For almost 50 years, National Symphony Orchestra violinist Julian Altman prided himself on his playing, rarely giving credit to his instrument, which he treated almost casually, frequently forgetting where he put it and often leaving it behind at friends' homes. But the instrument he treated so lightly was no ordinary violin; it was a Stradivarius, stolen from internationally known musician Bronislaw Huberman in 1936. Altman confessed the theft to his wife two weeks before dying of stomach cancer in 1985, and she has since returned the violin, valued at $800,000, to its insurer, Lloyd's of London. Marcelle Hall, 69, who described her husband as a womanizer, con man and heavy drinker, said he told her he bought the instrument for $100 from a "sticky fingered" friend. Hall, of Bethel, Conn., married Altman in March, 1985, two days before he was to be sentenced for sexually molesting one of her granddaughters. She said she married him partly to regain property she had given him "out of love."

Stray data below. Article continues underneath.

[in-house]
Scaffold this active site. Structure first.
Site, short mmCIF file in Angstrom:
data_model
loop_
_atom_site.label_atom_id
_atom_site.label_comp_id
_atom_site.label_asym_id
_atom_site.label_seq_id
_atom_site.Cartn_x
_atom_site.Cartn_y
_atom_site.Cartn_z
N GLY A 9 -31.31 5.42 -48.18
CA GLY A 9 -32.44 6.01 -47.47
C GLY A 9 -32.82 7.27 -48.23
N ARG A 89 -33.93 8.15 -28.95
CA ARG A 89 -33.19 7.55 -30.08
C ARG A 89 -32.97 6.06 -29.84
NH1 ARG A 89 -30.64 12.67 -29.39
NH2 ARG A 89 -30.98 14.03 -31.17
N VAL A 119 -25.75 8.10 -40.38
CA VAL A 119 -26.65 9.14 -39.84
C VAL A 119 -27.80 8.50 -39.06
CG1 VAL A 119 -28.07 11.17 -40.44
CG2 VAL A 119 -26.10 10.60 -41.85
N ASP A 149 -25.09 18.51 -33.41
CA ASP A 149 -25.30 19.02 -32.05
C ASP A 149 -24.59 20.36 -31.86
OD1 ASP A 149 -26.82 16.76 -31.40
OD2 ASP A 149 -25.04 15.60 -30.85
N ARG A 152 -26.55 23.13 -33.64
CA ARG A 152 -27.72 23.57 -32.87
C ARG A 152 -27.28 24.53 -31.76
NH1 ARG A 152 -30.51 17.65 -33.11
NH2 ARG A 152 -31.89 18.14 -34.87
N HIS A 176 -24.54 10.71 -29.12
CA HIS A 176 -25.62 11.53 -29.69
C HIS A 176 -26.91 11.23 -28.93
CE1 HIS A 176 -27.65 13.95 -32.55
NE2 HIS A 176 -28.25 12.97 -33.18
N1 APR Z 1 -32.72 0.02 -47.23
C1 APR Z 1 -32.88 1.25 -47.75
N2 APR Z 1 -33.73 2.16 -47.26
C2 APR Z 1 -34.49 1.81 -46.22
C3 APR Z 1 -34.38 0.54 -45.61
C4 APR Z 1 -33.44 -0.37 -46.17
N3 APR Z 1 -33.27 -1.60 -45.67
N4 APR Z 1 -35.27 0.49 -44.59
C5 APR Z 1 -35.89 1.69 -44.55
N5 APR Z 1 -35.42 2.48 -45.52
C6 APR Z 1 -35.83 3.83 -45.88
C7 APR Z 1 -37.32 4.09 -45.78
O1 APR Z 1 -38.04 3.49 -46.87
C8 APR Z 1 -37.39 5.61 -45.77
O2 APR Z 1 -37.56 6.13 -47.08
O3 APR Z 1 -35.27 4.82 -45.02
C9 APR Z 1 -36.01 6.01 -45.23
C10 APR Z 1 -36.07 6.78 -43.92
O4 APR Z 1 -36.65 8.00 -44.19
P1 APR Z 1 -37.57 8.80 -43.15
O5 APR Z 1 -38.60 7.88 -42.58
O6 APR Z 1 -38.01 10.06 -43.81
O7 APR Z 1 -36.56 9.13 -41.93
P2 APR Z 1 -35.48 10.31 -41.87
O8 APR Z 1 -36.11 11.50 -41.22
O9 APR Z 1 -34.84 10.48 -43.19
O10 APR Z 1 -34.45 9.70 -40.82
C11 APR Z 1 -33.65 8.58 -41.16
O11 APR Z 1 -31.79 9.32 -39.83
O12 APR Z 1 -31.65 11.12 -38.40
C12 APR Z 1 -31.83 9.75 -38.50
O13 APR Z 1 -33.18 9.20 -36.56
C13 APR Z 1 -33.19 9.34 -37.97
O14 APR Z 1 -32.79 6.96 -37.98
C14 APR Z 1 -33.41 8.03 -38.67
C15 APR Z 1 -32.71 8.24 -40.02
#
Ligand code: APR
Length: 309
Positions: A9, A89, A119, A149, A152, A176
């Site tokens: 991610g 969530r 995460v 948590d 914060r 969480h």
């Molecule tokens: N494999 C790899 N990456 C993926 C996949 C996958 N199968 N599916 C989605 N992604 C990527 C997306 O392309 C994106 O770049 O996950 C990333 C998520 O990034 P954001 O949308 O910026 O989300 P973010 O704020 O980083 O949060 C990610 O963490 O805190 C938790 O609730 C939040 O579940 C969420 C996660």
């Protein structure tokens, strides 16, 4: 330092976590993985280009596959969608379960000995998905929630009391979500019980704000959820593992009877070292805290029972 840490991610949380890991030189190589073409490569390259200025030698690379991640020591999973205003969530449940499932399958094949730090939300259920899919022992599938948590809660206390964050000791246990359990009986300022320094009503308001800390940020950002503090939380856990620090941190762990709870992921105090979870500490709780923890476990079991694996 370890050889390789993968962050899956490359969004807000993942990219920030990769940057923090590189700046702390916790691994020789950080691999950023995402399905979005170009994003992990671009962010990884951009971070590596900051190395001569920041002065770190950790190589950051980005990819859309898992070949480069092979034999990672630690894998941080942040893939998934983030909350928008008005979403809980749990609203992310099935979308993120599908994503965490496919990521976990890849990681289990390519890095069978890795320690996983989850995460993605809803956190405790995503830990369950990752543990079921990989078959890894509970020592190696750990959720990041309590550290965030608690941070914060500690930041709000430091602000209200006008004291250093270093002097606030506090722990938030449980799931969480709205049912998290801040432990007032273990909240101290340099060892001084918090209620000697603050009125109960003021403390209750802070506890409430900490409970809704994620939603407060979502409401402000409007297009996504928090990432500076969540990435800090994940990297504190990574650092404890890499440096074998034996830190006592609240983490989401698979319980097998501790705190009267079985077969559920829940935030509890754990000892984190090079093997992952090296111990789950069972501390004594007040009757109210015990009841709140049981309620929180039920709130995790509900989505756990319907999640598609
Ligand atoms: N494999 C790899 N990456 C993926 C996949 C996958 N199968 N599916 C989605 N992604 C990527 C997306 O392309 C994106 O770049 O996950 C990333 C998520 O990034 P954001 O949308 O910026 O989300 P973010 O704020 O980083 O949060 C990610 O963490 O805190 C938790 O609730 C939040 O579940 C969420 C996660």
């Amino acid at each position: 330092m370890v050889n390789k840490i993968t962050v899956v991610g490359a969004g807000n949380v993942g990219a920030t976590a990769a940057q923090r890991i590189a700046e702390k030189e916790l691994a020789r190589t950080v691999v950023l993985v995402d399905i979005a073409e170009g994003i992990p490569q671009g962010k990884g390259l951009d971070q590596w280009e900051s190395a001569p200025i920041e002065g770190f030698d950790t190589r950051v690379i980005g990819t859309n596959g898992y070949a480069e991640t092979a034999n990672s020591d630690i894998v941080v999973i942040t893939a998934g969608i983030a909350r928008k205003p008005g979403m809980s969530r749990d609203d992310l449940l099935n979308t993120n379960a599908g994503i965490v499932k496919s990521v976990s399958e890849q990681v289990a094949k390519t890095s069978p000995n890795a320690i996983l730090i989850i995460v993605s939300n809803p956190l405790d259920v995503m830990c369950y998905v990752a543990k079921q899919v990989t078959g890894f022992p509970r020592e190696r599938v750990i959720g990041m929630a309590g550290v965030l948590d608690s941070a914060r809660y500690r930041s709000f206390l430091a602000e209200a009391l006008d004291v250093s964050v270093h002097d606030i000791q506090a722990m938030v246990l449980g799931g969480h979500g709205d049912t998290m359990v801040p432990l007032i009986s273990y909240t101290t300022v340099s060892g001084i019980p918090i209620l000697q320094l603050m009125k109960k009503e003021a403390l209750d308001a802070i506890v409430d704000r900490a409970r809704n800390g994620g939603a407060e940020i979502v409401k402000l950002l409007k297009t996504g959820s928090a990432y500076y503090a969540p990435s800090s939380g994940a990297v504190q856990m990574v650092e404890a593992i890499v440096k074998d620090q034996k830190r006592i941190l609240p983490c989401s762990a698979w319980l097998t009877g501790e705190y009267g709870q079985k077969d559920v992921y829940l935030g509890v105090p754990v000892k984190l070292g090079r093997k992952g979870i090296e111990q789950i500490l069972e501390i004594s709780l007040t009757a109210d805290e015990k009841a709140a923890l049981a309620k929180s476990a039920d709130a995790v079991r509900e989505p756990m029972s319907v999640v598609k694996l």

--When one Ridley stepped down as mayor of Smyrna, Tenn., on charges of misuse of city funds, the city simply brought in another Ridley to replace him. Shortly after Sam Ridley, 68, submitted his letter of resignation, city commissioners in this town near Nashville voted to appoint his identical twin brother, Knox Ridley, to serve the remaining two years of the mayor's term. A jury had ordered that the mayor be ousted on the basis of a civil lawsuit filed by the state in 1980, finding that Sam Ridley had used a city credit card for personal purchases and had benefited from transactions between Smyrna and the brothers' business, Ridley Chevrolet. Knox Ridley said he didn't intend to break any new ground as mayor: "We're identical twins, and we share the same thoughts. I have no new ideas. I plan to carry out Sam's wishes."